A few months ago I was reading about the fact that
Rick Santorum – evangelical Christian and mega-conservative politician who
came in second for the 2012 Republican Presidential nomination – was
starting a new film company to create religious "family-friendly" films.
The first of those, The Christmas Candle, blew out with
barely a flutter over the holiday season. The few reviews that film
received pointed out the film's heavy-handed moralizing.
About a half hour into the press screening of
Gimme Shelter, I suddenly had a weird feeling: Oh shit, I'm at another
Rick Santorum movie. The more I watched, the more I was sure that was the
case. Turns out Santorum had nothing to do with the movie. But he may as
is sort of like getting stuck at an almost two-hour-long evangelical
pro-life rally, complete with sermonizing, lots of cute babies, random bible
passages, the vilification of "welfare queens" and even gratuitous
references to Ronald Reagan. If they only added some gun rights arguments
and a confederate flag,
I would swear it was made by the Tea Party.
Kind of a weird place to end up in a movie which
blatantly steals its title from an
old Rolling Stones song.
Is Gimme Shelter a bad movie? Not really,
but it is not a good film either. It is well filmed, the acting is mostly
good and some of the action is gripping. Still, it is a screenplay at
service of a cause, not a storyline. It is working so hard to convince us
that every little life is sacred that it never quite bothers to show us
realistic, complicated adult lives.
A title scrawl at the beginning assures us that
Gimme Shelter is "based on a true story" of Agnes "Apple" Bailey. I
suppose it is nice that it's a true story, though I'm not going to lie, I'm
not sure why Apple's story warrants filming. All she really does is escape
from an abusive lifestyle and decide to keep her baby. Not to underestimate
her accomplishment, but lots of people have done that.
Apple is played by former teen queen Vanessa Hudgens,
all of her High School Musical cute perkiness overshadowed by dirt,
cuts, bruises, lack of makeup, facial piercings and a really bad scissor-cut
hairdo. We meet her in a run-down project apartment, where she hides in a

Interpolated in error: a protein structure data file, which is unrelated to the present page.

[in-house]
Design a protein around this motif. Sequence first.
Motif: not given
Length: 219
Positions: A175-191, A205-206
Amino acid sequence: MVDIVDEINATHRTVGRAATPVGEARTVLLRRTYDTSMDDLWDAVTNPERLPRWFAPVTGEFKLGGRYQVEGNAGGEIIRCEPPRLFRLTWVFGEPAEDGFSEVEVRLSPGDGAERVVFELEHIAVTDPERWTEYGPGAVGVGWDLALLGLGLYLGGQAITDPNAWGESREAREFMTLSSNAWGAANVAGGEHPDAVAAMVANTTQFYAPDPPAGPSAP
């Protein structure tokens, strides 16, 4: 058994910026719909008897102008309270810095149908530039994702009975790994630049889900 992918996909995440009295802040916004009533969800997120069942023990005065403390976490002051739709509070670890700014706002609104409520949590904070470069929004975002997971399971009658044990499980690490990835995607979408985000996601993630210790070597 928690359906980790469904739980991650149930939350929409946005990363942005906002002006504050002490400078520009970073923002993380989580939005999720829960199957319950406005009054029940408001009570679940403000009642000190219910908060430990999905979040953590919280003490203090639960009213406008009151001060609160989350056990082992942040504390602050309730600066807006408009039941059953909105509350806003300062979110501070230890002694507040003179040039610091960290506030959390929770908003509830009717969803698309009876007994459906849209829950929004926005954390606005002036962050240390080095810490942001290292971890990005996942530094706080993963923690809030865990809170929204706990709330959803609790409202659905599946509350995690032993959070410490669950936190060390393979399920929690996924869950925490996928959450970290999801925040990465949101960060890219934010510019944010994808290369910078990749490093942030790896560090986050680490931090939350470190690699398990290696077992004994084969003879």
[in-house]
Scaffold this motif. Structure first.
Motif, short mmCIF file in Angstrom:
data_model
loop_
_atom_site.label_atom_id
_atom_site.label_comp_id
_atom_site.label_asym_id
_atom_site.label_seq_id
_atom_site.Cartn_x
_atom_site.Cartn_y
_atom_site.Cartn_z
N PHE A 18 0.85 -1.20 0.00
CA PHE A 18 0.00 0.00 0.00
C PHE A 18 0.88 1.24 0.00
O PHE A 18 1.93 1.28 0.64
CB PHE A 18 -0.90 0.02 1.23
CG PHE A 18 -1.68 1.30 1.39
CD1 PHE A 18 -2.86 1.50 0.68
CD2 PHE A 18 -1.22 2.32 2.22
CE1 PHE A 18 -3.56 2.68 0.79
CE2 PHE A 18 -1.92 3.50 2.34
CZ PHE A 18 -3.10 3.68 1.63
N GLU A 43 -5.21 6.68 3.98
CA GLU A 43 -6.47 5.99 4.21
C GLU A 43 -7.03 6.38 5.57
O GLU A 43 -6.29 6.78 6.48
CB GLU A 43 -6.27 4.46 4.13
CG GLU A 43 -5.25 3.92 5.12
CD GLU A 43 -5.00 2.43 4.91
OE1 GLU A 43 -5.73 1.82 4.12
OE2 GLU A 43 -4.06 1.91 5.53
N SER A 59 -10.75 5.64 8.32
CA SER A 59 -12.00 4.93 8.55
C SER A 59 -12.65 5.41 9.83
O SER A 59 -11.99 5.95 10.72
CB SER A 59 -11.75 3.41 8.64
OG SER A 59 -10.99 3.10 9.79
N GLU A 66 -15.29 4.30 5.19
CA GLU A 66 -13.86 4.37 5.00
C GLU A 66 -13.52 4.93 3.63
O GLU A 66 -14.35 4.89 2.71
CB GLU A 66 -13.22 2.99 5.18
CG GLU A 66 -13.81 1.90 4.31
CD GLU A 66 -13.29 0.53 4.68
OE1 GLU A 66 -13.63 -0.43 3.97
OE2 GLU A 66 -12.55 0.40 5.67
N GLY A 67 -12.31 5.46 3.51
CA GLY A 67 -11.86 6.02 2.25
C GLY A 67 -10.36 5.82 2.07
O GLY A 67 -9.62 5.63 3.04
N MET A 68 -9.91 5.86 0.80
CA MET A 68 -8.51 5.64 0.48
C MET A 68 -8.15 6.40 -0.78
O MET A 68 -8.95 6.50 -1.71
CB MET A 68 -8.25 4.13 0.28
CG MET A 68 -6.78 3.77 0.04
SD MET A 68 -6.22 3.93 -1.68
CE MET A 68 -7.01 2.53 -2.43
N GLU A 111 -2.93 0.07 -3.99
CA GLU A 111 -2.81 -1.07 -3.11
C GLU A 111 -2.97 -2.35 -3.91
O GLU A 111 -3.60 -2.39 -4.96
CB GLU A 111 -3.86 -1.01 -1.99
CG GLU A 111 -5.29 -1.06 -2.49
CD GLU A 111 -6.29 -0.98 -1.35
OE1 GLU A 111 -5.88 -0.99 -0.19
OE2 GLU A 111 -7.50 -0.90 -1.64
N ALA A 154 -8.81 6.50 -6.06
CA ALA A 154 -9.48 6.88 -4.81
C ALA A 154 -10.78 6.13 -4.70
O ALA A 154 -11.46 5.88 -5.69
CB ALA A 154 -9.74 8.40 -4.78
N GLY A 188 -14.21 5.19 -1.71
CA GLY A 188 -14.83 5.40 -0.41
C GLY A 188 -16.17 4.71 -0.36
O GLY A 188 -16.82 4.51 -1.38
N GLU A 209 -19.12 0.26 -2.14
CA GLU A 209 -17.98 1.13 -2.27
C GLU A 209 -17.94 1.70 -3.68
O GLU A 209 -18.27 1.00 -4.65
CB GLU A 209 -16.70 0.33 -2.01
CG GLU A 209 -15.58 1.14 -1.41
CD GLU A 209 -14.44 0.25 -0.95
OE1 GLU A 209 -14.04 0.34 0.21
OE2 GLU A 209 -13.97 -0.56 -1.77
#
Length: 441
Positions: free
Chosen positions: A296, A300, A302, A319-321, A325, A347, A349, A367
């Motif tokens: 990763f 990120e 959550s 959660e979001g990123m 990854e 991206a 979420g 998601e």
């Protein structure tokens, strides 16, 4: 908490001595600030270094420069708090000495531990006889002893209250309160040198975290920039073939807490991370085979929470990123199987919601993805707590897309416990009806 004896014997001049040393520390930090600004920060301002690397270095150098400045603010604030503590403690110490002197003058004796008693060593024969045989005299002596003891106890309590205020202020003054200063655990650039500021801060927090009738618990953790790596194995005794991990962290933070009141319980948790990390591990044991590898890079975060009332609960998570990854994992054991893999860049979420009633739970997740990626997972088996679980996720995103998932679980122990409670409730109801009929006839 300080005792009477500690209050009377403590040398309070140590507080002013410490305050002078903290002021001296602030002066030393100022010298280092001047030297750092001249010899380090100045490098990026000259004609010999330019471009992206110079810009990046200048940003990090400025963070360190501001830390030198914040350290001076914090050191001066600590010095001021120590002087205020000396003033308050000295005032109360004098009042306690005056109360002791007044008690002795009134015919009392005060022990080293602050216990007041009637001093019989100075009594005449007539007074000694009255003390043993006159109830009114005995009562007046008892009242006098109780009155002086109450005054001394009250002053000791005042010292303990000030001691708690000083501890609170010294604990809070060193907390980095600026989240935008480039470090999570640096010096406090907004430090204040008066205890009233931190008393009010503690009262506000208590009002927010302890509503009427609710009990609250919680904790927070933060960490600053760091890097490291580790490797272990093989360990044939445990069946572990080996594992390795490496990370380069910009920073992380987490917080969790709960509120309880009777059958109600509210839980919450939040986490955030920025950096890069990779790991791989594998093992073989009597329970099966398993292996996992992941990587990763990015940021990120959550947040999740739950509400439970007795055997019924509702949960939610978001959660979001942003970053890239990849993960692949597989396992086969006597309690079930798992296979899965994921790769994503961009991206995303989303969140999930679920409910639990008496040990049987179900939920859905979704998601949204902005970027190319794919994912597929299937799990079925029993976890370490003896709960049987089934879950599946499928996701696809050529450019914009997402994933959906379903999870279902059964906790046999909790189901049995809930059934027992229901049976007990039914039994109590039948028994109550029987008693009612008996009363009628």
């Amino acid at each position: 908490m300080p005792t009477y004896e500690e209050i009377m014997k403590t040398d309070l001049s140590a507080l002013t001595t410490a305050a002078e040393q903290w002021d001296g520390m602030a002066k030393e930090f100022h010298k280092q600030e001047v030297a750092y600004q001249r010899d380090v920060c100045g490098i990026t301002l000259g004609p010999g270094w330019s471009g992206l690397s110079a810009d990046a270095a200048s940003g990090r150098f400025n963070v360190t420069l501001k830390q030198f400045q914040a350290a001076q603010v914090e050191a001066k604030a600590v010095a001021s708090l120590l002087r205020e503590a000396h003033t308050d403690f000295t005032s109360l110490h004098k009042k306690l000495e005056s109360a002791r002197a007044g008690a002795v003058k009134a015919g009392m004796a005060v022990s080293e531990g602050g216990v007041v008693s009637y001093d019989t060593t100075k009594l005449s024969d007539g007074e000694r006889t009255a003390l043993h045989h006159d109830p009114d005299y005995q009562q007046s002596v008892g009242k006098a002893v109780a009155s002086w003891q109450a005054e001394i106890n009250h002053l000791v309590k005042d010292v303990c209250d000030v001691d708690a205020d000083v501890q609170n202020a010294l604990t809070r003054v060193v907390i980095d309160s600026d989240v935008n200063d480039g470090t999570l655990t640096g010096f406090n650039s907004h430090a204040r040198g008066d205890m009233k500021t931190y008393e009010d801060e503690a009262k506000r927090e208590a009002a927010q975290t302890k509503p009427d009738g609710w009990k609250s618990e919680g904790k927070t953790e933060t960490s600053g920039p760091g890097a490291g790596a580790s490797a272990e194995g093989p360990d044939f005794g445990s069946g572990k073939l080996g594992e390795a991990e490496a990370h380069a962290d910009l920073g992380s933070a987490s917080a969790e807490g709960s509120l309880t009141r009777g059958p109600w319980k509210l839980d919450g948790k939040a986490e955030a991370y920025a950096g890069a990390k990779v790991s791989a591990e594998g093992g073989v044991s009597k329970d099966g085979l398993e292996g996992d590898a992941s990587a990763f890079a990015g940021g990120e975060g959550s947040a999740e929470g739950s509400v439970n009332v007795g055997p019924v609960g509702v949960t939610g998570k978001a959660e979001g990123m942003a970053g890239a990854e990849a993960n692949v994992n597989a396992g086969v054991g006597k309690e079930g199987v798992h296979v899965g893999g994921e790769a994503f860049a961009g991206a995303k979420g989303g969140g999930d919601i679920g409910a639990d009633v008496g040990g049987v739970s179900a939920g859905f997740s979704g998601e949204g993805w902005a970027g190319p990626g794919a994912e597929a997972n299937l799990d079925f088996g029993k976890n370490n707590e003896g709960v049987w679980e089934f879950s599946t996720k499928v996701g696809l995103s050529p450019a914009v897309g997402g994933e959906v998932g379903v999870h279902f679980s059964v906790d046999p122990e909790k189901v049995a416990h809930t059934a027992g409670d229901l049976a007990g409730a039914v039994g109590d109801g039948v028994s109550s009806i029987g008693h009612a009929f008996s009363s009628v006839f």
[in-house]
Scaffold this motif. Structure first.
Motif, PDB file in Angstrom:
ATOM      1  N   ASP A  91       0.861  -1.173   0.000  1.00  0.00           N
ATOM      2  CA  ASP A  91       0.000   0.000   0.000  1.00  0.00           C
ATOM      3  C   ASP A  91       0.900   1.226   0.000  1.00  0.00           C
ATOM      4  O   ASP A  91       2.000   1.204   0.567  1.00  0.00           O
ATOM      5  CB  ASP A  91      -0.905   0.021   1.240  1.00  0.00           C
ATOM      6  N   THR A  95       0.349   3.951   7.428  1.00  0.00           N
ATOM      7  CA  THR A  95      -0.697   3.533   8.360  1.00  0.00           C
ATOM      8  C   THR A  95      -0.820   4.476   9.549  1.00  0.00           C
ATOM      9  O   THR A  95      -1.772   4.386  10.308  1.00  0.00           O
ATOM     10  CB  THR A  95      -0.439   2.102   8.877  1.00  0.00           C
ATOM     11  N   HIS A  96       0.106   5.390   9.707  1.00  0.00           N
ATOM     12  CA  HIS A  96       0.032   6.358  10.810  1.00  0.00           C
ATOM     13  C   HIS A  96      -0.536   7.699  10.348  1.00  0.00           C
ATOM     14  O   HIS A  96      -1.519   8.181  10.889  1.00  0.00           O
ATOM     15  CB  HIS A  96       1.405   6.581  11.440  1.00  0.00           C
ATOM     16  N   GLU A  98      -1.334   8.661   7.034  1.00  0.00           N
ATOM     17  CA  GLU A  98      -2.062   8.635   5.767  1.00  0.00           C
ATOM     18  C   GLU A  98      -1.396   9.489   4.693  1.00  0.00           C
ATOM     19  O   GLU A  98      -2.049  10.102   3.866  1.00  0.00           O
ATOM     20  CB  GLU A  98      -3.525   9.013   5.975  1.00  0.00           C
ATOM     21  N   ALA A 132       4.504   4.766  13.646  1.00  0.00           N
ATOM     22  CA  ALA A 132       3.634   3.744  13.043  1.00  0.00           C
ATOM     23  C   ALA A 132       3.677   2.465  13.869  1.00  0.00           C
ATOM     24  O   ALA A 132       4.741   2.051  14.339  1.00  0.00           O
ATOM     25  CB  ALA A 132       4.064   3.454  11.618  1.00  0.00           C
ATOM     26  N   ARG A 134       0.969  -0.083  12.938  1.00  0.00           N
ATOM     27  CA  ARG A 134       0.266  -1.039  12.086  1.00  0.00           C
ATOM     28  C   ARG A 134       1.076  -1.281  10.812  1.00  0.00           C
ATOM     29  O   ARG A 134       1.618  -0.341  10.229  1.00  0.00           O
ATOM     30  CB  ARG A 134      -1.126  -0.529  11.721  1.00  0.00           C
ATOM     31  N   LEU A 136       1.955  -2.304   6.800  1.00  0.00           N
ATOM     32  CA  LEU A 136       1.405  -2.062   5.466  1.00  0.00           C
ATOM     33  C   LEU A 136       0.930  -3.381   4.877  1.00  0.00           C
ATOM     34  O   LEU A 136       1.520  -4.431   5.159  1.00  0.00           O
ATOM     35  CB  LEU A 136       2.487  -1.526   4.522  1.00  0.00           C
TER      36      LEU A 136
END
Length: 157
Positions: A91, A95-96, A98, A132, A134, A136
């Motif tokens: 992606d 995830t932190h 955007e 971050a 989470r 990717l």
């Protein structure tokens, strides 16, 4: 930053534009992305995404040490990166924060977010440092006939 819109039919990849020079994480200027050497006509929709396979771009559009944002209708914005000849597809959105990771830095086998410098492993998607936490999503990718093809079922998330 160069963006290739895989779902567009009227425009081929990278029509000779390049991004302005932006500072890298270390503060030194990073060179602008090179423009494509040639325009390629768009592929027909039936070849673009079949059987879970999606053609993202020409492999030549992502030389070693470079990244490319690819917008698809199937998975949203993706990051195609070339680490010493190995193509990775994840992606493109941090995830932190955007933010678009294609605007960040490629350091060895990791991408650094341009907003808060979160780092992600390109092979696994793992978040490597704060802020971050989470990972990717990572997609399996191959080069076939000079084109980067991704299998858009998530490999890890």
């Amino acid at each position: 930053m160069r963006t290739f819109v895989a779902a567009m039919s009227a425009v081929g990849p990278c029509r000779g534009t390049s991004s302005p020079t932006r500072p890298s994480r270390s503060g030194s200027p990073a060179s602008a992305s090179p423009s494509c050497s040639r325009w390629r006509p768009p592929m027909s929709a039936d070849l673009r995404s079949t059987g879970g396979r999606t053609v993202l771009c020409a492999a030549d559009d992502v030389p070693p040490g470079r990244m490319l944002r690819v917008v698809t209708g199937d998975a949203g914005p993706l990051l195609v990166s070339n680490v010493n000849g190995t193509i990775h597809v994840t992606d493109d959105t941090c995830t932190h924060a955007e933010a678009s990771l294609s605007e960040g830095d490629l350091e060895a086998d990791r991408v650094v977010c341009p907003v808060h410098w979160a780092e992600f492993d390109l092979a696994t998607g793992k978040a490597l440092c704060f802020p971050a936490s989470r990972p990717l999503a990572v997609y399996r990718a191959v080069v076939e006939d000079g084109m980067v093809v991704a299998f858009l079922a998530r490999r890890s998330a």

bathroom, cuts off most of her hair and then makes a break to get away from
her dirty, drug addled mom, who just wants Apple around so she can
If Hudgens is brave in playing against type, Rosario
Dawson really takes a huge risk by throwing herself into a character who is
so pathetic and off-putting. She has stringy hair, bruises all over, a
horrific temper and orange teeth. It's quite a transformation for such an
attractive actress. Dawson is tough to recognize.
Apple tries to track down her father (Brendan
Fraser), a man she has never met but who she knows lives in a McMansion in
Jersey. The guy tries haltingly to help his daughter, but honestly she's
kind of impossible – obstinate, angry and not even in the tiniest bit
appreciative of his attempts to step up for her. However, when it turns out
that Apple is pregnant, his wife makes the mistake of trying to get the
16-year-old homeless girl with no money to support a baby to get an
abortion. Apple runs away and takes to the streets again.
An automobile crash introduces Apple to a kindly
priest (played by a wasted James Earl Jones), who takes Apple to a shelter
for pregnant teens run by his friend. You know right away that Kathy (Ann
Dowd) must be saintly (in this film's viewpoint, anyway), because in her
office she has lots of religious posters and pictures of herself with Mother
Teresa and Ronald Reagan.
So will Apple find new purpose and a love of God in
this home with her new roomies, all of whom are very pregnant or
small babies? Will she get away from her desperately clinging and abusive
mom? Will she ever make up with her long lost dad? What do you think?
There is one girl at the home who does not fit in,
so she moves out. I was certain Gimme Shelter would punish her for
her wild ways, but instead it's like the film just forgot to close out her
story. She just disappears. I'm pretty sure if the deleted scenes ever
show up on the Blu-ray release, there will be a scene where that girl gets
her cosmic comeuppance for wanting to drink, have sex and live her own life.
In fact, this film is so thoroughly repressed that
every time one of the little babies in this movie (and there are lots of
them) started to cry, the mothers fed them by bottle. What, is breast
feeding sinful now?
has its heart in the right place, I would guess, and there is an audience
for its story and its particular point of view. I don't even necessarily
begrudge the movie its political slant. Lots of fine movies have strong
opinions on life. I just wish that writer / director Ron Krauss remembered
that the job of a movie is to entertain audiences, not just
to convert them.
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All rights reserved. Posted: January 24, 2014.